It will likely live, at least for awhile, but it will look like c**p!
Conifers that are topped - and removing the top half of a tree is
considered 'topping' - develop awkward growth habits that can seldom
be corrected. They are also more prone to disease and insect issues
when they suffer this type of abuse. If you were attempting to keep it
small - "hedged" - you needed to start this process immediately after
planting, removing any new growth and keeping the leader trimmed back.
What you are proposing now is too radical a method and would
jeopardize the long term health of the tree. If it is too big for its
current location consider transplanting or removal rather than
whacking it in half. You'll not be happy with the result.
A Chanukah bush... circumcised! LOL
If you cut it, within a year it will send up a new leader and in four
years will be 12' tall again... only it likely won't look very
Didn't you know that a Norway spruce can easily and quickly attain a
height of 70' X 30' wide and more. Spruce can be pruned of half its
growth each year to keep it more compact but at 12' it's a bit late
Have it removed and plant something that won't grow larger than you
want and/or have space. There are many varieties of spruce and other
conefirs that are suitable for holiday decorating that grow very
slowly and don't grow very large.
I planted a Fat Albert to decorate for the holidays. It should attain
a height of 25' and I have the space but it is very slow growing, I
seriously doubt I'll be here by then.
My Fat Albert was just under 6' when I planted it nearly two years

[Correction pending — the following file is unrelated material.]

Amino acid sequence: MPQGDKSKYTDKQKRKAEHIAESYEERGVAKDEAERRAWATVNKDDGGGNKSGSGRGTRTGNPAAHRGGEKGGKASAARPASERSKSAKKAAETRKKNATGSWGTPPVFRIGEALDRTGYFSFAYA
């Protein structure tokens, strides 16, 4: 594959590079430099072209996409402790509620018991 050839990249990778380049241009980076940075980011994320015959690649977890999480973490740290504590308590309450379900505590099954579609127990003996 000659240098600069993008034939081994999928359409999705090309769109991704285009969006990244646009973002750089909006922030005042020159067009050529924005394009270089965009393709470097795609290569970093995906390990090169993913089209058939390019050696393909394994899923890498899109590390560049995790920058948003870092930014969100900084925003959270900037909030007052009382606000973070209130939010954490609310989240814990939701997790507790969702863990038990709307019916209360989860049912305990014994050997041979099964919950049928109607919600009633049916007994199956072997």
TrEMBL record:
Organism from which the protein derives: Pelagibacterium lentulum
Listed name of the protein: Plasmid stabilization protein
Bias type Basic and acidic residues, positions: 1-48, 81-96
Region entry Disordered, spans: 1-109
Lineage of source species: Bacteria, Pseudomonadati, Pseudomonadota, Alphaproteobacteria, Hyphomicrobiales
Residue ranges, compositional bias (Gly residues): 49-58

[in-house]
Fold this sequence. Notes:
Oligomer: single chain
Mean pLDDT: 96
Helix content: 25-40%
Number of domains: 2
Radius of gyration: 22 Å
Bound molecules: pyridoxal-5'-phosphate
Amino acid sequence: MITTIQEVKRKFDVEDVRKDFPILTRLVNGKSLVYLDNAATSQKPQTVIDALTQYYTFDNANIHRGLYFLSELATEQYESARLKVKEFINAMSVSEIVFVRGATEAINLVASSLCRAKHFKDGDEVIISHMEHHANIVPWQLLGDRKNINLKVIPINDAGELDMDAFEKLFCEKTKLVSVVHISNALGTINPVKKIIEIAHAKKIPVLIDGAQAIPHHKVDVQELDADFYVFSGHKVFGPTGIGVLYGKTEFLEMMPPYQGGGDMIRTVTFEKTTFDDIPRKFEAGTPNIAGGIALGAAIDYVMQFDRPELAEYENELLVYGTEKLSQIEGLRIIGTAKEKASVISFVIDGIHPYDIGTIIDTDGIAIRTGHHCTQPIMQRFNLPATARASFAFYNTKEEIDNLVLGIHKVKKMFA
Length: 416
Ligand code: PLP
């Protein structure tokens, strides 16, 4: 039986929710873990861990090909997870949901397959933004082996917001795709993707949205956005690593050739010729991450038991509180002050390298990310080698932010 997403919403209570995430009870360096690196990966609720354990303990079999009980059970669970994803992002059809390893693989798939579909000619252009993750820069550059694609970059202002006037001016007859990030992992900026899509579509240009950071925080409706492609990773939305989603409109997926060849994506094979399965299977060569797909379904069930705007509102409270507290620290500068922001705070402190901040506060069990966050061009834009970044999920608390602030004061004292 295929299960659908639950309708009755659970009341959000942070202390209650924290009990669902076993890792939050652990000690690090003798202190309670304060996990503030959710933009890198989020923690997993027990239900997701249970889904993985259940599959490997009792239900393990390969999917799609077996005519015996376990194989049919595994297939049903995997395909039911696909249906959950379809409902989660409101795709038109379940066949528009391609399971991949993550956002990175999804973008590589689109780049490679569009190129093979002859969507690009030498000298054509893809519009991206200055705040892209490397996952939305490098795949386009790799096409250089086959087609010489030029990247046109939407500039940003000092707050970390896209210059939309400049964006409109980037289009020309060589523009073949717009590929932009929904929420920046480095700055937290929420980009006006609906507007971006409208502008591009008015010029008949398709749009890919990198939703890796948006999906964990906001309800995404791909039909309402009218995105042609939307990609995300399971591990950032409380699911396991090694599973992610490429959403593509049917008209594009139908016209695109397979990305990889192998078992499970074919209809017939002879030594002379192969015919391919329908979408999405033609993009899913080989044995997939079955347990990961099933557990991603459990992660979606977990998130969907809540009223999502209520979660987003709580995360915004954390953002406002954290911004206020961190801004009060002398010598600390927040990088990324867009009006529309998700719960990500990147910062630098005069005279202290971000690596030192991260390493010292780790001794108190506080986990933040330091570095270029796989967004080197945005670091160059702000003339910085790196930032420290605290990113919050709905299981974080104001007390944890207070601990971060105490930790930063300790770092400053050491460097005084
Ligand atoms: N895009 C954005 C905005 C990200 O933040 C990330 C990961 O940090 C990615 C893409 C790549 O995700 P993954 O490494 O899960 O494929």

ago, it's a bit over 6' now... those trees in the background are all
Check for examples of various conefirs here:
Tallest branches suppress growth of lower ones by
production of hormones at tip meristem. Topping
thus removes growth suppressant hormones. What's
left of the tree grows back in bushier form, likely
not what you had in mind. To preserve the conical
shape, trim *all* branches back, preferrably no more
than 1/3 of branch length each.
I'm not sure what "Christmas tree" means since evergreens of all
types are used for this. Around here, in Nawth Taxes, we have a
LOT of red cedar, which grows wild in fields, that are used for Xmas
That being said, I have been growing and shaping red cedar for
two decades. It can be trimmed into all sorts of shapes, from
hedgerows to large, mound shaped decorations. I have to trim
them 3 or 4 times a year, and stay on top of it, but they are very
do-able if you want to use them as various ornaments.
Topping the tree doesn't hurt it a bit (red cedar) but seems to
force it to grow out horizontally. New shoots will try to come out
the top to continue, but they are easy to control with hedge
If they grow tall, one can cut off the lower branches at the trunk
8-10 feet above ground, and they make excellent trees that have a
that doesn't block the scenery.... They give good shade, and they
shed leaves all over the place....
The only problem with red cedar is that it is a very slow growing
tree, and may take several years to get to the hedge, shape, or
height you want. On the other hand, once it is established, they
are very hardy thru drought etc.....
I dig them up in vacant fields and lots when they are about a foot
high, and have had the best luck transplanting them in January. Lots
of water for the first year, then they take care of themselves....
Just my experience. I don't know how well it applies to other types
of "Christmas trees"...
Andy in Eureka, Texas
The subject line says it all - Norway spruce.
Red cedar - not a cedar at all but Juniperus virginiana - has a very
variable habit and responds to topping or heavy pruning in a much
different manner than do other, very defined single leader conifers.
You may get by easily by topping a juniper but you will NOT get the
same result topping a spruce.
Issues of topping conifers:
Thanks gardengal. I've never tried it on spruce.... I am aware
Juniperis Virginianus, but it is called by so many colloquial names
that just saying "red cedar" pretty much describes it .
I like spruce, but haven't seen any growing around here.
It's the red cedar that are very popular here as Xmas trees.
Ok.... Thanks for the info....
Andy in Eureka, Texas
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